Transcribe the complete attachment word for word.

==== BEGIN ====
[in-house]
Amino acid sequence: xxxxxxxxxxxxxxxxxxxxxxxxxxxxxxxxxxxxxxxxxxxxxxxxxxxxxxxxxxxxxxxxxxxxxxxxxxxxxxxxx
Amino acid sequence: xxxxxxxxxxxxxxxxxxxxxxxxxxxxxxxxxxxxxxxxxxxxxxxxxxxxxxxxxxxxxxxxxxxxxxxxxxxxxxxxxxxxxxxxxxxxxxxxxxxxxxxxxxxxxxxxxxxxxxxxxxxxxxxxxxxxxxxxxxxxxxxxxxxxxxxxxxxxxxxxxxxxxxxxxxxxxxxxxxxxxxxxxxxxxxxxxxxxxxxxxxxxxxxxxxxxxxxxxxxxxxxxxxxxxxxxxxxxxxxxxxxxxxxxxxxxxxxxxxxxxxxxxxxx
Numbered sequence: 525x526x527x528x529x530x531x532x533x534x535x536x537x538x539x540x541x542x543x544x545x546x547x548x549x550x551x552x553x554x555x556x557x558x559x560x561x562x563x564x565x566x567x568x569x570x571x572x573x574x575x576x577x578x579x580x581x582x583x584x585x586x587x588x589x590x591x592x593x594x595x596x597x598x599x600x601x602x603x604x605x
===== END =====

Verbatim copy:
[in-house]
Amino acid sequence: xxxxxxxxxxxxxxxxxxxxxxxxxxxxxxxxxxxxxxxxxxxxxxxxxxxxxxxxxxxxxxxxxxxxxxxxxxxxxxxxx
Amino acid sequence: xxxxxxxxxxxxxxxxxxxxxxxxxxxxxxxxxxxxxxxxxxxxxxxxxxxxxxxxxxxxxxxxxxxxxxxxxxxxxxxxxxxxxxxxxxxxxxxxxxxxxxxxxxxxxxxxxxxxxxxxxxxxxxxxxxxxxxxxxxxxxxxxxxxxxxxxxxxxxxxxxxxxxxxxxxxxxxxxxxxxxxxxxxxxxxxxxxxxxxxxxxxxxxxxxxxxxxxxxxxxxxxxxxxxxxxxxxxxxxxxxxxxxxxxxxxxxxxxxxxxxxxxxxxx
Numbered sequence: 525x526x527x528x529x530x531x532x533x534x535x536x537x538x539x540x541x542x543x544x545x546x547x548x549x550x551x552x553x554x555x556x557x558x559x560x561x562x563x564x565x566x567x568x569x570x571x572x573x574x575x576x577x578x579x580x581x582x583x584x585x586x587x588x589x590x591x592x593x594x595x596x597x598x599x600x601x602x603x604x605x